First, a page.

UNHCR commits to follow up on the Nansen Initiative on climate and disaster displacement and launches new overview of its work in this area

UNHCR commits to follow up on the Nansen Initiative on climate and disaster displacement and launches new overview of its work in this area

110 countries endorsed the "Agenda for the Protection of Cross-Border Displaced Persons in the Context of Disasters and Climate Change" at the Nansen Initiative Global Consultation that took place on 12 and 13 October 2015 in Geneva. The Agenda identifies the practices necessary to address the possible protection needs of people displaced across borders in the context of disasters and climate change, in a principled and practical way. UNHCR has, from the very beginning, been a staunch supporter of the Nansen Initiative and is committed to continuing to work with relevant partners to maximize support to States.

Among the most important lessons derived from the Nansen Initiative is that States can prevent and prepare for increased displacement in future when the right policies are in place. Stepping up adaptation and disaster risk reduction efforts needs to go hand in hand with mitigation. And the protection dimension must be central in these endeavours.

With the Paris Climate Conference only a few weeks away, UNHCR is renewing its call for states to conclude a meaningful agreement that must take into account the growth of climate-change related migration and displacement and the need to take proactive measures in response.

"If we can draw any lessons from the current refugee situations in Europe and the Middle East, it is to take the forecasting seriously, accept the realities of migration and displacement, and deal with them effectively and as a matter of urgency. Radical action is required of us now to mitigate against the worst effects of climate change. The Paris agreement presents an opportunity to achieve this," said Volker Türk, Assistant High Commissioner for Protection, in his keynote address at the Nansen Initiative Global Consultation in Geneva on Monday.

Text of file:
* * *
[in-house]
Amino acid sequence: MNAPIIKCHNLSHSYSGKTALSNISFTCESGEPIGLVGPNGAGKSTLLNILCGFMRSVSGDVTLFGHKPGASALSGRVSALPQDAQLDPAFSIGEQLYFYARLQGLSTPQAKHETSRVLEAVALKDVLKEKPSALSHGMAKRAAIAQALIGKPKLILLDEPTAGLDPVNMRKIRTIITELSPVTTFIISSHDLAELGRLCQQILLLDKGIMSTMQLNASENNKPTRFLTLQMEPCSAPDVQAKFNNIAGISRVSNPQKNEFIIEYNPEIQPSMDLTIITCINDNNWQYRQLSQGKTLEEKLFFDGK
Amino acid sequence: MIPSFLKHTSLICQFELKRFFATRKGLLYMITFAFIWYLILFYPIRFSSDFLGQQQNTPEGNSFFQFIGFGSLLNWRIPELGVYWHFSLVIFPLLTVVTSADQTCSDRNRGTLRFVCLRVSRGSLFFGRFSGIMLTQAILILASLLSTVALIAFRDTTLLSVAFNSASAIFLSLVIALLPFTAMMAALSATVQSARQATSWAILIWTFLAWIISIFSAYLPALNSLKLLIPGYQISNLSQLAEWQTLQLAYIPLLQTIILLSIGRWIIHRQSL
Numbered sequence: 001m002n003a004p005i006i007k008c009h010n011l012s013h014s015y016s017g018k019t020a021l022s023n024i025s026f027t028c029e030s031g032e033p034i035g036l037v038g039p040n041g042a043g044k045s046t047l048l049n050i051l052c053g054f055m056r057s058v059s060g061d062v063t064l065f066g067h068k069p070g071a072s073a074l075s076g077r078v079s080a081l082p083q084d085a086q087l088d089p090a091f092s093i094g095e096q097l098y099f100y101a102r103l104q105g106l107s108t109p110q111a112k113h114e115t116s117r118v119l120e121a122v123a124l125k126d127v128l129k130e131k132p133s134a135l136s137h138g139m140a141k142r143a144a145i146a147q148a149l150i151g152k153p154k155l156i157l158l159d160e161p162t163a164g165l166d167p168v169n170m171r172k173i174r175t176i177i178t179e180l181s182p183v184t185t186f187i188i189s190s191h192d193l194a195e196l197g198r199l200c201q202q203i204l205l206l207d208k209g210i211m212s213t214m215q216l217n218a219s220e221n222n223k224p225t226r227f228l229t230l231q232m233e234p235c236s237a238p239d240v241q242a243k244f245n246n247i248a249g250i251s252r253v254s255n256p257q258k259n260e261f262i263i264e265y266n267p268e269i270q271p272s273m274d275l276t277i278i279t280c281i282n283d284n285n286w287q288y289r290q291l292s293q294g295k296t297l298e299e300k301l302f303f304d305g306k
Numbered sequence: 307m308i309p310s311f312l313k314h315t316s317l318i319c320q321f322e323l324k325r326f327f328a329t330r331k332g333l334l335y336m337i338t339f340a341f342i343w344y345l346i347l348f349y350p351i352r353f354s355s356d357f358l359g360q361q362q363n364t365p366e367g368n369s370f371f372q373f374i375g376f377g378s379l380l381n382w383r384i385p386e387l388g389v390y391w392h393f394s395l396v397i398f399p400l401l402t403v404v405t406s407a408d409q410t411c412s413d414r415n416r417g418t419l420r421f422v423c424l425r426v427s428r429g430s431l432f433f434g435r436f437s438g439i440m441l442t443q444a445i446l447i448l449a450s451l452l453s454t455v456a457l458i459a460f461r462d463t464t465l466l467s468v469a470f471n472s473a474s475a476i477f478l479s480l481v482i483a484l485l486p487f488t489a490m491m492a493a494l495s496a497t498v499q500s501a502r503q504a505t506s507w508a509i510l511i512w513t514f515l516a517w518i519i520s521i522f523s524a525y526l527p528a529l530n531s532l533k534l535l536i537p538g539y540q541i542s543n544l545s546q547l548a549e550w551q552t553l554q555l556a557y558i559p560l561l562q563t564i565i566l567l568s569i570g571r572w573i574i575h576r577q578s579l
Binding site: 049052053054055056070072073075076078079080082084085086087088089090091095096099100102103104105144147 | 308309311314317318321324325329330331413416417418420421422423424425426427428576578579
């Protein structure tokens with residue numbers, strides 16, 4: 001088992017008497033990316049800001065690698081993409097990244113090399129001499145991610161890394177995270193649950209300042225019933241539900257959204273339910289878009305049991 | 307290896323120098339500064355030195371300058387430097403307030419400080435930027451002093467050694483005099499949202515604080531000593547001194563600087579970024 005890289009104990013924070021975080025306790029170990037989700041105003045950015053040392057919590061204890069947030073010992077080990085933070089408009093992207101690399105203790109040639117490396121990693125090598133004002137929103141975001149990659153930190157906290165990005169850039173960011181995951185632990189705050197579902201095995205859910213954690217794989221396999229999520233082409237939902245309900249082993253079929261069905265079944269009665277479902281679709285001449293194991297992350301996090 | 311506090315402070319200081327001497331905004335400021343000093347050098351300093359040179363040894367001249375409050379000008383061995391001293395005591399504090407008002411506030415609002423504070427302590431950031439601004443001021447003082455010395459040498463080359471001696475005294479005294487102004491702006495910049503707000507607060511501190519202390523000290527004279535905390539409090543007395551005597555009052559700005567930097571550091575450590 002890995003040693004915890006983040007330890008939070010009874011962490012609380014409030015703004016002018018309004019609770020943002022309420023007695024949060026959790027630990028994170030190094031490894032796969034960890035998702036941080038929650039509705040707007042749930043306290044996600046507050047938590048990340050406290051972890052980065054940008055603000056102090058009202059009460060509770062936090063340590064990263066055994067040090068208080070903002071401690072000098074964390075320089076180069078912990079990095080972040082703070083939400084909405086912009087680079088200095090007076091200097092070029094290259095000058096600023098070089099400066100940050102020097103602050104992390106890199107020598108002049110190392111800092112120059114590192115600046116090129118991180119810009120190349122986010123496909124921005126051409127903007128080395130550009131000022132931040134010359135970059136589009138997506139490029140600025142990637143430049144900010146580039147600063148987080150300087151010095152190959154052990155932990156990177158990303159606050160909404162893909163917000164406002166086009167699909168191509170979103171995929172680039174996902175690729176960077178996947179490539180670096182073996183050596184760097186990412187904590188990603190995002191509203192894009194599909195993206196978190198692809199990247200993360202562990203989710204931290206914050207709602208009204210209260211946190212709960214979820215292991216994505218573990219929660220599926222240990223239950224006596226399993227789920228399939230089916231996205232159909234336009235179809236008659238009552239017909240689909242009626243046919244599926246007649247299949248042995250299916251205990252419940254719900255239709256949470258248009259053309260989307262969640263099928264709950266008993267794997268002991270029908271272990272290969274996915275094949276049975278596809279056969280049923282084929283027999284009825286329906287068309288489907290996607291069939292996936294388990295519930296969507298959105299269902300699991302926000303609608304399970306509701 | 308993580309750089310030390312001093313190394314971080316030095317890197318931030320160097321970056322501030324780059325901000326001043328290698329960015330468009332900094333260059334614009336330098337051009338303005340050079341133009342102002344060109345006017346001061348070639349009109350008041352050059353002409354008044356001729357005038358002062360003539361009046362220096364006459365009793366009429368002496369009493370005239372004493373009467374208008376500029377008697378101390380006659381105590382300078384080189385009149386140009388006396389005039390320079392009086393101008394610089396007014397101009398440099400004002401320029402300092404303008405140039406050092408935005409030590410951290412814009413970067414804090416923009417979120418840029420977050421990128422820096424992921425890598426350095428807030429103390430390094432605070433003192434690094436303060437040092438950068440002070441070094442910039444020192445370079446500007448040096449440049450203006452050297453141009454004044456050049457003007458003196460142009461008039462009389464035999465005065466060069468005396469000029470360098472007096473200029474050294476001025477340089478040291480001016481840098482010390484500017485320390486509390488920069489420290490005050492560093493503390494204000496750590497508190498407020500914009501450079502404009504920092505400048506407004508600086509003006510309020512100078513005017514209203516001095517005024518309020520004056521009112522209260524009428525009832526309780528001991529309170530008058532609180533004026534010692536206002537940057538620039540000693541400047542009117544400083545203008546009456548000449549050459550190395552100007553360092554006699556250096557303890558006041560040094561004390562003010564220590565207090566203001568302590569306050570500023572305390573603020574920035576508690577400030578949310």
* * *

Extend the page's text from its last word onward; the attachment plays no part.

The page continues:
The new overview UNHCR, the Environment and Climate Change explains the most serious challenges being faced as well as the solutions UNHCR is implementing to tackle climate change, environmental degradation and natural disasters. The report comes at a time when more and more people are being displaced by disasters and climate change.

The majority of the almost 60 million people displaced around the world today are situated in 'climate change hotspots'. Climate change is a megatrend that will compound other megatrends, including food and water insecurity, and competition over resources. The movement of people is intrinsically linked to climate change and climate change could, in combination with other factors, drive even more displacement in future. Enhancing the resilience of people of concern and the communities hosting them is also a concern to UNHCR as a means to avoid secondary displacement.

An average of 26.4 million people per year since 2008 have been displaced from their homes by disasters brought on by natural hazards. This is equivalent to one person being displaced every second and displacement risk is largely driven by the fact that more and more vulnerable people are living in disaster-prone areas.

UNHCR is tackling the displacement problems posed by climate change through a number of initiatives, most notably through its support for the Nansen Initiative. UNHCR has also developed guidance, together with the Brookings Institution and Georgetown University, on planned relocation of populations threatened by disasters and climate change.

Download the overview UNHCR, the Environment and Climate Change

See:Nansen Initiative

Read:Speech of the Assistant High Commissioner for Protection at the Nansen Initiative Global Consultation

Further information - In Geneva: